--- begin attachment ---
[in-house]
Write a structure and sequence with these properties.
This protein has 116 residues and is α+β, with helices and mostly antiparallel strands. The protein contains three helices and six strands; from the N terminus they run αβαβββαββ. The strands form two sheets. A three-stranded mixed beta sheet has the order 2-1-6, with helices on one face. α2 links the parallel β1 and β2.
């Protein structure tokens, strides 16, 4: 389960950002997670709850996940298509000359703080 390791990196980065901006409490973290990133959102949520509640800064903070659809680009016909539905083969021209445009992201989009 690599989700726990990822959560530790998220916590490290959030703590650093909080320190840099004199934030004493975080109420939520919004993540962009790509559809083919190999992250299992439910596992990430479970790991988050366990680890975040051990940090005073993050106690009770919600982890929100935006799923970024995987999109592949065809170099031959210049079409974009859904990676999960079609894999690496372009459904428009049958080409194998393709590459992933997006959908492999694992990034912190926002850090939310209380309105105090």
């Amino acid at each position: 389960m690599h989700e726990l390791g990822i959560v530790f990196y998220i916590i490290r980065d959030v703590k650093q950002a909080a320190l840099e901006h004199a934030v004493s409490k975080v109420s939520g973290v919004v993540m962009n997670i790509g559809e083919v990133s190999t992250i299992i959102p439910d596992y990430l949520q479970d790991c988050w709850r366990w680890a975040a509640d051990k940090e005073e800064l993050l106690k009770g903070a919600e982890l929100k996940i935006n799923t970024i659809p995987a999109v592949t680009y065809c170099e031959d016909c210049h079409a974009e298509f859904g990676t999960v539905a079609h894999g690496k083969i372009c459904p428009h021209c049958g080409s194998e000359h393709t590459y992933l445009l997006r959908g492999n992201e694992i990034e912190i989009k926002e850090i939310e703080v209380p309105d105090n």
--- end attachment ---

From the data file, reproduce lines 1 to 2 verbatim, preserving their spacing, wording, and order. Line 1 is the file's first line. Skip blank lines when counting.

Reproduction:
[in-house]
Write a structure and sequence with these properties.